What is dehydration?
Dehydration is an excess loss of water that disrupts the body’s normal functions. It takes place when someone loses more fluids than they take in. For many elderly people, chronic dehydration is a major concern that can lead to hospitalization and health issues. Generally speaking, humans can only survive for 4 days without water.
Why is dehydration such a major concern for the elderly?
Here are some of the primary reasons why seniors are more susceptible to dehydration:
- Many medications for depression and blood pressure list dehydration as a possible side effect.
- Seniors don’t feel thirsty as easily as younger people. By the time someone is actually thirsty, they’re usually at least slightly dehydrated.
- For people with dementia or other memory issues, forgetting to drink water can be a problem.
- Kidney function deteriorates as people age, making it more difficult to conserve fluids in the body.
- Diabetics are also more susceptible to dehydration.
What are the signs of dehydration?
Signs of dehydration for you or an elderly loved one include:
- Confusion and disorientation
- Trouble using the bathroom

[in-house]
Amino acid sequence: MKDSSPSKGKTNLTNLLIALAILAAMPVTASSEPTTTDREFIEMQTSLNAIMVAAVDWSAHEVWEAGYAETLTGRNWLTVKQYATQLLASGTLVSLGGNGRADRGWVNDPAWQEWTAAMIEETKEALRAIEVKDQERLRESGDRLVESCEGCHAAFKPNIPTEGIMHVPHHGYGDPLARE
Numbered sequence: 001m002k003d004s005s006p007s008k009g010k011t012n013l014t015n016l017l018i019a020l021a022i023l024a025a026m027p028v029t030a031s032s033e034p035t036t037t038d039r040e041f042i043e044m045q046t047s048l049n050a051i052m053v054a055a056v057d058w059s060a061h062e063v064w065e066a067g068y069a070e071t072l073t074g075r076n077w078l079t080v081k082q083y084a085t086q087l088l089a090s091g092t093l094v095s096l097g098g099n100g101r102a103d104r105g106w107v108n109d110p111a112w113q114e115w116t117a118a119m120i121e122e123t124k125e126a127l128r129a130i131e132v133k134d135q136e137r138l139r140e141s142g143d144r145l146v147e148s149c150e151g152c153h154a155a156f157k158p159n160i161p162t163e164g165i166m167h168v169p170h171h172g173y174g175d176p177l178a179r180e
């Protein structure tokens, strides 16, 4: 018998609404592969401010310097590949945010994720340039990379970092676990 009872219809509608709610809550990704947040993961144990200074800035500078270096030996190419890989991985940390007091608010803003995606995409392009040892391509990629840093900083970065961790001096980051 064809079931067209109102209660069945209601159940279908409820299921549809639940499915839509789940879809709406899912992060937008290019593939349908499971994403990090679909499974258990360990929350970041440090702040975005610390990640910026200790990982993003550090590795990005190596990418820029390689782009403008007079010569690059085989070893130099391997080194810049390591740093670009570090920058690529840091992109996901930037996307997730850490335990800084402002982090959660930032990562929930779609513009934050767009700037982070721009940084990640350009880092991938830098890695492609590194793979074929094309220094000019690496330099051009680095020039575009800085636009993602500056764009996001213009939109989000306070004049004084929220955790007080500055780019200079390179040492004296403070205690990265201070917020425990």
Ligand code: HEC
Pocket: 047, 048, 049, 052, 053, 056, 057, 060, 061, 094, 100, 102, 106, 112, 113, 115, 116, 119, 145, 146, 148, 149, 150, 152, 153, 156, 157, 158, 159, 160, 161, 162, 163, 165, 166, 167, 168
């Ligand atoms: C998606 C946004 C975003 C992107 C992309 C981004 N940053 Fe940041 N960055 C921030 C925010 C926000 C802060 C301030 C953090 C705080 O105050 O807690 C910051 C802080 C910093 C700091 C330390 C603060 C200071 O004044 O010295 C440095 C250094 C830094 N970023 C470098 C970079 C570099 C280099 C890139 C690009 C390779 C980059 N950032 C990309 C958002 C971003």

- Drop in blood pressure
- Dry mouth
- Difficulty walking
- Headaches or dizziness
One way to tell if someone is dehydrated is to pull up the skin on the back of the hand for a few seconds then releasing. If it doesn’t return to normal immediately, that person is probably dehydrated.
Is drinking “8 glasses of water a day” enough?
You probably heard the recommendation that everyone should drink 8 glasses of water a day. The problem is normal levels of hydration vary person-to-person.
Diet can play a major role in how much water is required. For example, someone that eats a lot of fruit or soups won’t need to drink as much water to maintain hydration levels.
Activity level is a second factor that determines how much water is needed. Endurance athletes that perspire heavily may need even more than 8 glasses of water per day. Many seniors with lower activity levels won’t need 8 glasses of water each day.
How do you prevent dehydration in seniors?
For many seniors, dehydration can be easily treated by drinking more water and the occasional sports drink (ex: Gatorade or Powerade). It’s important to drink even when you don’t feel thirsty, and carrying a bottle of water during the day can be a great reminder.
If you or a loved one are in a senior care facility, ask the staff what safeguards are in place to prevent dehydration.
Seniors should also weigh themselves frequently, at least a few times each week. If someone loses more than 2 pounds in 24 hours, they’re probably losing water weight and are dehydrated.
If dehydration is severe, persists for days despite increasing fluid intake, or is caused by an illness, it may be a good time to call 911.
As with any health concern, prevention is the key.